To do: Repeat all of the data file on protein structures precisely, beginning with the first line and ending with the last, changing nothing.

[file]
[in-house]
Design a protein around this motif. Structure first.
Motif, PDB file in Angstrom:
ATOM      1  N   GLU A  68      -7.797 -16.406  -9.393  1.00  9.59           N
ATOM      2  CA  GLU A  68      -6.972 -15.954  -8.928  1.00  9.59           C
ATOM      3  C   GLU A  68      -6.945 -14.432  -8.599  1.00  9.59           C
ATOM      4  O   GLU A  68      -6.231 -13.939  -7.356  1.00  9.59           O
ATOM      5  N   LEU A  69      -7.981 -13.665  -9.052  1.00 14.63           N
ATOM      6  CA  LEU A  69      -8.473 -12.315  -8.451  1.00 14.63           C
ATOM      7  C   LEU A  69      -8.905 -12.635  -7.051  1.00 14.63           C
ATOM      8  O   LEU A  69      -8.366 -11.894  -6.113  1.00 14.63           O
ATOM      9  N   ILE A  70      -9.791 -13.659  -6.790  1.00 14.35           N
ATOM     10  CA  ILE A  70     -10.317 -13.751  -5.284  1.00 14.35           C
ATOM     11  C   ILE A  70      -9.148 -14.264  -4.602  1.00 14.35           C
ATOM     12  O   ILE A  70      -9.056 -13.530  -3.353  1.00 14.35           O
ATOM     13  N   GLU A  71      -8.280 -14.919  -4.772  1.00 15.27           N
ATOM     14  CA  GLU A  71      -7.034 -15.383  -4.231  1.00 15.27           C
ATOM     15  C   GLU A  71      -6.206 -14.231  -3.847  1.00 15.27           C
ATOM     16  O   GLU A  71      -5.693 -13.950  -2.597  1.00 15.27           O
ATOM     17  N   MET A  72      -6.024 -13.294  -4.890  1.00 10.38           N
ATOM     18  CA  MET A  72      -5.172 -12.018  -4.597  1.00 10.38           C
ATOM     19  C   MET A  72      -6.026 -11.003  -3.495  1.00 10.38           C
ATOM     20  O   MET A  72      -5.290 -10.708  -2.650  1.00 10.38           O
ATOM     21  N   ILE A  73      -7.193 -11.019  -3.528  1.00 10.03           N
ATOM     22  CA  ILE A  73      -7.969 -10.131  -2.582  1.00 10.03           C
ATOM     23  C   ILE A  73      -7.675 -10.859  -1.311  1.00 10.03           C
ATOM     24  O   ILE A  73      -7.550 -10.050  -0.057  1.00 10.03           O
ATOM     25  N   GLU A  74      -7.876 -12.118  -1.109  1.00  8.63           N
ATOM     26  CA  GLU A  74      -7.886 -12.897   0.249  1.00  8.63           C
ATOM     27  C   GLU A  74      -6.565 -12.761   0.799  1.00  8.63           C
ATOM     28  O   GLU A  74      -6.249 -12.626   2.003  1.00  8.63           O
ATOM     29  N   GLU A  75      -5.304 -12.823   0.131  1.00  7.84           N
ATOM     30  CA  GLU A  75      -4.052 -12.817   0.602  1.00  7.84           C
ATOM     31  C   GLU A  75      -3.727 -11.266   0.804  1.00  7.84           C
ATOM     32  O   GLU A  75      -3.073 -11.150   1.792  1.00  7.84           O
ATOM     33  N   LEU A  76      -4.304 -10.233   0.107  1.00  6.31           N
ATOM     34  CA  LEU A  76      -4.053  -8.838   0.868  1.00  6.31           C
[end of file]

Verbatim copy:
[in-house]
Design a protein around this motif. Structure first.
Motif, PDB file in Angstrom:
ATOM      1  N   GLU A  68      -7.797 -16.406  -9.393  1.00  9.59           N
ATOM      2  CA  GLU A  68      -6.972 -15.954  -8.928  1.00  9.59           C
ATOM      3  C   GLU A  68      -6.945 -14.432  -8.599  1.00  9.59           C
ATOM      4  O   GLU A  68      -6.231 -13.939  -7.356  1.00  9.59           O
ATOM      5  N   LEU A  69      -7.981 -13.665  -9.052  1.00 14.63           N
ATOM      6  CA  LEU A  69      -8.473 -12.315  -8.451  1.00 14.63           C
ATOM      7  C   LEU A  69      -8.905 -12.635  -7.051  1.00 14.63           C
ATOM      8  O   LEU A  69      -8.366 -11.894  -6.113  1.00 14.63           O
ATOM      9  N   ILE A  70      -9.791 -13.659  -6.790  1.00 14.35           N
ATOM     10  CA  ILE A  70     -10.317 -13.751  -5.284  1.00 14.35           C
ATOM     11  C   ILE A  70      -9.148 -14.264  -4.602  1.00 14.35           C
ATOM     12  O   ILE A  70      -9.056 -13.530  -3.353  1.00 14.35           O
ATOM     13  N   GLU A  71      -8.280 -14.919  -4.772  1.00 15.27           N
ATOM     14  CA  GLU A  71      -7.034 -15.383  -4.231  1.00 15.27           C
ATOM     15  C   GLU A  71      -6.206 -14.231  -3.847  1.00 15.27           C
ATOM     16  O   GLU A  71      -5.693 -13.950  -2.597  1.00 15.27           O
ATOM     17  N   MET A  72      -6.024 -13.294  -4.890  1.00 10.38           N
ATOM     18  CA  MET A  72      -5.172 -12.018  -4.597  1.00 10.38           C
ATOM     19  C   MET A  72      -6.026 -11.003  -3.495  1.00 10.38           C
ATOM     20  O   MET A  72      -5.290 -10.708  -2.650  1.00 10.38           O
ATOM     21  N   ILE A  73      -7.193 -11.019  -3.528  1.00 10.03           N
ATOM     22  CA  ILE A  73      -7.969 -10.131  -2.582  1.00 10.03           C
ATOM     23  C   ILE A  73      -7.675 -10.859  -1.311  1.00 10.03           C
ATOM     24  O   ILE A  73      -7.550 -10.050  -0.057  1.00 10.03           O
ATOM     25  N   GLU A  74      -7.876 -12.118  -1.109  1.00  8.63           N
ATOM     26  CA  GLU A  74      -7.886 -12.897   0.249  1.00  8.63           C
ATOM     27  C   GLU A  74      -6.565 -12.761   0.799  1.00  8.63           C
ATOM     28  O   GLU A  74      -6.249 -12.626   2.003  1.00  8.63           O
ATOM     29  N   GLU A  75      -5.304 -12.823   0.131  1.00  7.84           N
ATOM     30  CA  GLU A  75      -4.052 -12.817   0.602  1.00  7.84           C
ATOM     31  C   GLU A  75      -3.727 -11.266   0.804  1.00  7.84           C
ATOM     32  O   GLU A  75      -3.073 -11.150   1.792  1.00  7.84           O
ATOM     33  N   LEU A  76      -4.304 -10.233   0.107  1.00  6.31           N
ATOM     34  CA  LEU A  76      -4.053  -8.838   0.868  1.00  6.31           C